Losers allow the past to dictate the future.

Winners focus on the present and make the most of their opportunities.

Taking risks

You are 4 points behind, time is running out and opportunities are few and far between yes - it is time to take some risks. You are 2 points in front, time is running out and opportunities are few and far between - why would you take a risk?

What is a risk?

A risk is calculating the chance you have of making a specific shot. For example, if you can make four yard hoops consistently, at say eight times out of ten, then you would say it is a 'percentage shot'. However, if you could only make this shot three times out of ten, then it is called a 'risk shot'. It is important to have an understanding of your own ability and know whether the shot you are taking is a risk shot or a percentage shot. Determining your comfort zone will help you work this out.

Comfort zone

Your 'comfort zone' is the distance where you are most likely to have the most success with your shots. For example, to determine your own comfort zone for hoop running, try this exercise.

Place a marker one mallet head away from the front of the hoop. If you successfully run the hoop three times from this distance, move to a distance of two mallet heads. Repeat the exercise until you reach a distance where you cannot successfully make the hoops three times in a row. This is your comfort zone.

When you are competing, you can use this information to your advantage. If a shot is within your comfort zone, you know that you will have a high percentage of a successful outcome.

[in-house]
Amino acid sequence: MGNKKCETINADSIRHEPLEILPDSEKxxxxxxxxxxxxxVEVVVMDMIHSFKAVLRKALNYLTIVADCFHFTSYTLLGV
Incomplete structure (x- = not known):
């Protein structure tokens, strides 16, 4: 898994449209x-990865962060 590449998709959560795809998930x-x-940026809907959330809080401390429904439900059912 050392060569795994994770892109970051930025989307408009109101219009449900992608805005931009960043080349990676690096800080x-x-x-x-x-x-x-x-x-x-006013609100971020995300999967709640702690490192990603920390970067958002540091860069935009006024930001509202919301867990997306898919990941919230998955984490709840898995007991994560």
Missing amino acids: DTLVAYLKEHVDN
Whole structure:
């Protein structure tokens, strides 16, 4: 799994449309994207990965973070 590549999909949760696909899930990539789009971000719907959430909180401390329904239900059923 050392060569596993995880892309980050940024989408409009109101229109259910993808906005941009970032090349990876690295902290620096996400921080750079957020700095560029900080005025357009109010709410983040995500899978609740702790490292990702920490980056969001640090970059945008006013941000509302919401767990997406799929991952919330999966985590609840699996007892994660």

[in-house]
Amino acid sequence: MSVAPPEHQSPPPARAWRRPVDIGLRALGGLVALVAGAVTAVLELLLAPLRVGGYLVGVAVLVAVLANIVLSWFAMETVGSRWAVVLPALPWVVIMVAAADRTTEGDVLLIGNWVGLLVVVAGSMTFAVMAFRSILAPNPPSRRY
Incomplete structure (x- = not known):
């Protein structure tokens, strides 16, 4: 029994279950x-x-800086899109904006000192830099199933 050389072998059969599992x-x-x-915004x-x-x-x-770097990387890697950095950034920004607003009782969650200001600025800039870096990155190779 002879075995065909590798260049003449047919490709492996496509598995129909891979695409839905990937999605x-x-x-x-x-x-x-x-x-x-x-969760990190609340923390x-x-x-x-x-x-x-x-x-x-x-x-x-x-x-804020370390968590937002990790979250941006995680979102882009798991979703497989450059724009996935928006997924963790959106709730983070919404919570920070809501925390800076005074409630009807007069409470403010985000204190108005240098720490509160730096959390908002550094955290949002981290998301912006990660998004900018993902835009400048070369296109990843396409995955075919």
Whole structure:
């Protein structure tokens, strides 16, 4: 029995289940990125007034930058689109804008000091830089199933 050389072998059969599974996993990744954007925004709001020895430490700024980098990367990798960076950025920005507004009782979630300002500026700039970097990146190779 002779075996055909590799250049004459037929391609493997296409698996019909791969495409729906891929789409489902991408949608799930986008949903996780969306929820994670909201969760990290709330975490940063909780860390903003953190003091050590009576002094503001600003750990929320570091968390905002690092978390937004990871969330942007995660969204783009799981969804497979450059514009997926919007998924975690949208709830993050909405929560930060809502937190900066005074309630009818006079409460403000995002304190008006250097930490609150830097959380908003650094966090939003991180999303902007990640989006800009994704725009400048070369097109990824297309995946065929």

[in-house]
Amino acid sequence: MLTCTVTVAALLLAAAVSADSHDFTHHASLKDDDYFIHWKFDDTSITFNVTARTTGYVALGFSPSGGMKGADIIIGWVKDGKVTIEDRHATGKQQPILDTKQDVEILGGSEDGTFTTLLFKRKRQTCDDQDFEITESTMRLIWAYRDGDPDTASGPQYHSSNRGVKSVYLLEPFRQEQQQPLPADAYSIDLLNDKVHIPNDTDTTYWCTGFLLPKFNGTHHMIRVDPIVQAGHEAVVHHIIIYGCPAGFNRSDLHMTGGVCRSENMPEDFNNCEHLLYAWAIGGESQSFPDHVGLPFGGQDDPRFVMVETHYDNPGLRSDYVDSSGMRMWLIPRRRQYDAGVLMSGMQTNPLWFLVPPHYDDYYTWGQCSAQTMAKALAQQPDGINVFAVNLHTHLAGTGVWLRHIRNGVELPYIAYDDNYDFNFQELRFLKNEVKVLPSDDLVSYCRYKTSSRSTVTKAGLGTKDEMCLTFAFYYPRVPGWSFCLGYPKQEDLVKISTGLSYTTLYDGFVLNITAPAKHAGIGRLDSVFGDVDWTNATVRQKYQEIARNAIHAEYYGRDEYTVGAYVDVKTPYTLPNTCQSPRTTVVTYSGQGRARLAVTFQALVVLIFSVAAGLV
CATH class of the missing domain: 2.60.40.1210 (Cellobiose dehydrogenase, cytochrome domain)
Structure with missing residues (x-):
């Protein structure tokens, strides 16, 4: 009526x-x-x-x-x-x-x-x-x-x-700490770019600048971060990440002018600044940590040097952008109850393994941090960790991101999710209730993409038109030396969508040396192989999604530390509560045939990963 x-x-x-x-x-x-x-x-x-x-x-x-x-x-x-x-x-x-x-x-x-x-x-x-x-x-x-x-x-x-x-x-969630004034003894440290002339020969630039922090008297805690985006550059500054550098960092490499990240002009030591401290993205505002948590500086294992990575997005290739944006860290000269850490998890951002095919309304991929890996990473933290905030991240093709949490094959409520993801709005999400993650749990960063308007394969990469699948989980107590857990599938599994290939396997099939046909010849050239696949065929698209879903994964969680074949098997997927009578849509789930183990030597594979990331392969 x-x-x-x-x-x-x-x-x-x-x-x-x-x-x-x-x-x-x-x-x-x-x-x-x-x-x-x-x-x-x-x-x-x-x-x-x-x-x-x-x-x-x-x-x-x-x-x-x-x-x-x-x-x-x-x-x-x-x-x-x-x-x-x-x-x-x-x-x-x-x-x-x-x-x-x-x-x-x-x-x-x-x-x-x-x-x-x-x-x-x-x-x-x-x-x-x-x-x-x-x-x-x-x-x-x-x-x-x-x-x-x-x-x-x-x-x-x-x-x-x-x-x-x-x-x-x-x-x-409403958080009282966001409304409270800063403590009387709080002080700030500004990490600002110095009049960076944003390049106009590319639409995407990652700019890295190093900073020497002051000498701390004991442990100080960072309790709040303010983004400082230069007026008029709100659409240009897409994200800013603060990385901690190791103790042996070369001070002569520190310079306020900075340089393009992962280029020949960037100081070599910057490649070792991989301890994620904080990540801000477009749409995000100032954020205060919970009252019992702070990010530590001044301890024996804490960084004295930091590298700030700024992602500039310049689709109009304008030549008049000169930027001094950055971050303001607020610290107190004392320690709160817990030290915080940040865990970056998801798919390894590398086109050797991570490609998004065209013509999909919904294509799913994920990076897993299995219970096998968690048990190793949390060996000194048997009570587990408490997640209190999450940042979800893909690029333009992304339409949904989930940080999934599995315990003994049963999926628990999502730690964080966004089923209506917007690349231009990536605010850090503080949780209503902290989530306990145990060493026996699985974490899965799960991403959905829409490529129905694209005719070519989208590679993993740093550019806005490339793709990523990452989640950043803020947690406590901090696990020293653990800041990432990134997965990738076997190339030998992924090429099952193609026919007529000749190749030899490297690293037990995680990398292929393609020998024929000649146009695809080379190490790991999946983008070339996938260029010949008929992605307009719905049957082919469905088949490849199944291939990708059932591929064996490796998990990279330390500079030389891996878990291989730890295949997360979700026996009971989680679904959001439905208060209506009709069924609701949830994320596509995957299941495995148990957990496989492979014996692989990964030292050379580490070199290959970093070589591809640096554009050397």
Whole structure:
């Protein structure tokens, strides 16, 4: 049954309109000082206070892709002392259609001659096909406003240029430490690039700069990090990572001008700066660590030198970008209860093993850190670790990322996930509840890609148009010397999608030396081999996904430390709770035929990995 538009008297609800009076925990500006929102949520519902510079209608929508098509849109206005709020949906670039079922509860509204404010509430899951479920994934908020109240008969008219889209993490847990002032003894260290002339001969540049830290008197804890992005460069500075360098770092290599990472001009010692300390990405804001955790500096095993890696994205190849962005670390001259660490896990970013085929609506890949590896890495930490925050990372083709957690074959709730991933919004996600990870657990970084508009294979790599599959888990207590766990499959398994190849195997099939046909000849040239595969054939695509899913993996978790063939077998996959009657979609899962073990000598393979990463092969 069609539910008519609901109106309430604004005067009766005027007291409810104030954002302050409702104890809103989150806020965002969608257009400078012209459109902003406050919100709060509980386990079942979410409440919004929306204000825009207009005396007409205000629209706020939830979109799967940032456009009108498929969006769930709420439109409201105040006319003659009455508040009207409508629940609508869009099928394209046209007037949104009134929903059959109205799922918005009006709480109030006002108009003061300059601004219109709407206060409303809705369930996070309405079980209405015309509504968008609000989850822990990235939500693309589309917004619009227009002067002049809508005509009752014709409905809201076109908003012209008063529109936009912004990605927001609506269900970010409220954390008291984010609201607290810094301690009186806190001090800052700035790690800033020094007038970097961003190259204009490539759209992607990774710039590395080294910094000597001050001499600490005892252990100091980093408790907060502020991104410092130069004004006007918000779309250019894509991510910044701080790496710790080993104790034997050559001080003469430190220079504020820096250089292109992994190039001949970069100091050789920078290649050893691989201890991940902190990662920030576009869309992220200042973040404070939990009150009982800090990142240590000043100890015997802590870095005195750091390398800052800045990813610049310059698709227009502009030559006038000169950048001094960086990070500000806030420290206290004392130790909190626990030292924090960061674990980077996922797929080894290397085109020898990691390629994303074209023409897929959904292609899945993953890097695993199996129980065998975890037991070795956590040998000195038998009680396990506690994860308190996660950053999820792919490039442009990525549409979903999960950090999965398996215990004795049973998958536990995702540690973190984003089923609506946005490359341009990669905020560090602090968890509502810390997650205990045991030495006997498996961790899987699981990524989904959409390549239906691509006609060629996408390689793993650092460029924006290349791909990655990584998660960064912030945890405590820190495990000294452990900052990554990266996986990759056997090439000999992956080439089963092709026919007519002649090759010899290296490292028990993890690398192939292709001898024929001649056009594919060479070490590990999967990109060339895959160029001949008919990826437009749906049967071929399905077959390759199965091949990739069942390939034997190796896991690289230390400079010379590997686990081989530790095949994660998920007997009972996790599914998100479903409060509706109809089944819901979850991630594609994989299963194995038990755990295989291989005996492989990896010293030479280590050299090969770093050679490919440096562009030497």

Use this information as part of your game plan.

Developing a game plan

Developing a game plan will help you strategise and make good tactical decisions.

When developing your game plan you need to consider:

1. your strengths
2. your confidence level
3. your experience from previous matches
4. tactics for specific circumstances
5. how to manage pressure
6. your comfort zones
7. your routines and the basics of the game
8. your expectations.

Obviously, your game plan is not set in concrete. Use it as a guide, but allow for some flexibility.


To develop your game, you need to think about where you currently are, your standard, and where you want to be. Your standard is a combination of knowledge, experience, and ability. Your game will move from receiving knowledge to giving knowledge, from making mistakes to preventing mistakes, from taking risks to using percentages, from being nervous to staying calm and relaxed.